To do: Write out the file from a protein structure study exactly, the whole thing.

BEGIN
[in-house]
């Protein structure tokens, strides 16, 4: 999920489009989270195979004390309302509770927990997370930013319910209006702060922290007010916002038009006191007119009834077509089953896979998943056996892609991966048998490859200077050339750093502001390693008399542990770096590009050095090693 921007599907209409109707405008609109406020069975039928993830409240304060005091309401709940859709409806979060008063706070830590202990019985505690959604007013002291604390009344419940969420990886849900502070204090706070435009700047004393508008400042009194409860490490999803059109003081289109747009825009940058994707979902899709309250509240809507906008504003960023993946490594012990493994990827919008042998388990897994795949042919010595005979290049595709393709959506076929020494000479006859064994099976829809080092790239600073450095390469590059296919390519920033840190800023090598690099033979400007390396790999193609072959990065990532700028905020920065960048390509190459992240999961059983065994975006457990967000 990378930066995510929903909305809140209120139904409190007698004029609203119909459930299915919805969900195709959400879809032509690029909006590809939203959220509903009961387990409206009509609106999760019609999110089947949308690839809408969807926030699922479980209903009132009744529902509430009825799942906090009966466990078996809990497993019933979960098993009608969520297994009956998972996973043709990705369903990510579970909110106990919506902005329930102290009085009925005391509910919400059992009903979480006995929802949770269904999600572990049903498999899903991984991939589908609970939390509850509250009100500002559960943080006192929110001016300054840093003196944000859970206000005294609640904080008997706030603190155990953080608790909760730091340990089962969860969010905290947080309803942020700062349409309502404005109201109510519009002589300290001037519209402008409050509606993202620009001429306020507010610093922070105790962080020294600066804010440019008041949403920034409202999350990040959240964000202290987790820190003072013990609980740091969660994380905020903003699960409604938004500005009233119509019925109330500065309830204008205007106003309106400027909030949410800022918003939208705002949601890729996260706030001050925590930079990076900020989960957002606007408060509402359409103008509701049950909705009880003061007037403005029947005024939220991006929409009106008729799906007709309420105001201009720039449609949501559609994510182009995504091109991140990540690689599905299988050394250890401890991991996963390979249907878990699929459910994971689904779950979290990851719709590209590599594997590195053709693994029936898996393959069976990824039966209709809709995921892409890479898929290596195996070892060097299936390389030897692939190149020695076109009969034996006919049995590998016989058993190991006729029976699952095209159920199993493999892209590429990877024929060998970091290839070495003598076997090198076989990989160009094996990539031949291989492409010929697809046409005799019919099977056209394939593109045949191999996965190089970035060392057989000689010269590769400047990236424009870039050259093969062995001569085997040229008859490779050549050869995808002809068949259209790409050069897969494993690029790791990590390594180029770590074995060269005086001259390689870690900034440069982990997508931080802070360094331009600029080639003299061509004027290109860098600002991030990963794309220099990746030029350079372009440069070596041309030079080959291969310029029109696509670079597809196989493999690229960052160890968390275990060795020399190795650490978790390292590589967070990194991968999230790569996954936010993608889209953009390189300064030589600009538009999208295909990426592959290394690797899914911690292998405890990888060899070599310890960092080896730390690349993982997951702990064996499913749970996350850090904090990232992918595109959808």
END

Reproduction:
[in-house]
């Protein structure tokens, strides 16, 4: 999920489009989270195979004390309302509770927990997370930013319910209006702060922290007010916002038009006191007119009834077509089953896979998943056996892609991966048998490859200077050339750093502001390693008399542990770096590009050095090693 921007599907209409109707405008609109406020069975039928993830409240304060005091309401709940859709409806979060008063706070830590202990019985505690959604007013002291604390009344419940969420990886849900502070204090706070435009700047004393508008400042009194409860490490999803059109003081289109747009825009940058994707979902899709309250509240809507906008504003960023993946490594012990493994990827919008042998388990897994795949042919010595005979290049595709393709959506076929020494000479006859064994099976829809080092790239600073450095390469590059296919390519920033840190800023090598690099033979400007390396790999193609072959990065990532700028905020920065960048390509190459992240999961059983065994975006457990967000 990378930066995510929903909305809140209120139904409190007698004029609203119909459930299915919805969900195709959400879809032509690029909006590809939203959220509903009961387990409206009509609106999760019609999110089947949308690839809408969807926030699922479980209903009132009744529902509430009825799942906090009966466990078996809990497993019933979960098993009608969520297994009956998972996973043709990705369903990510579970909110106990919506902005329930102290009085009925005391509910919400059992009903979480006995929802949770269904999600572990049903498999899903991984991939589908609970939390509850509250009100500002559960943080006192929110001016300054840093003196944000859970206000005294609640904080008997706030603190155990953080608790909760730091340990089962969860969010905290947080309803942020700062349409309502404005109201109510519009002589300290001037519209402008409050509606993202620009001429306020507010610093922070105790962080020294600066804010440019008041949403920034409202999350990040959240964000202290987790820190003072013990609980740091969660994380905020903003699960409604938004500005009233119509019925109330500065309830204008205007106003309106400027909030949410800022918003939208705002949601890729996260706030001050925590930079990076900020989960957002606007408060509402359409103008509701049950909705009880003061007037403005029947005024939220991006929409009106008729799906007709309420105001201009720039449609949501559609994510182009995504091109991140990540690689599905299988050394250890401890991991996963390979249907878990699929459910994971689904779950979290990851719709590209590599594997590195053709693994029936898996393959069976990824039966209709809709995921892409890479898929290596195996070892060097299936390389030897692939190149020695076109009969034996006919049995590998016989058993190991006729029976699952095209159920199993493999892209590429990877024929060998970091290839070495003598076997090198076989990989160009094996990539031949291989492409010929697809046409005799019919099977056209394939593109045949191999996965190089970035060392057989000689010269590769400047990236424009870039050259093969062995001569085997040229008859490779050549050869995808002809068949259209790409050069897969494993690029790791990590390594180029770590074995060269005086001259390689870690900034440069982990997508931080802070360094331009600029080639003299061509004027290109860098600002991030990963794309220099990746030029350079372009440069070596041309030079080959291969310029029109696509670079597809196989493999690229960052160890968390275990060795020399190795650490978790390292590589967070990194991968999230790569996954936010993608889209953009390189300064030589600009538009999208295909990426592959290394690797899914911690292998405890990888060899070599310890960092080896730390690349993982997951702990064996499913749970996350850090904090990232992918595109959808």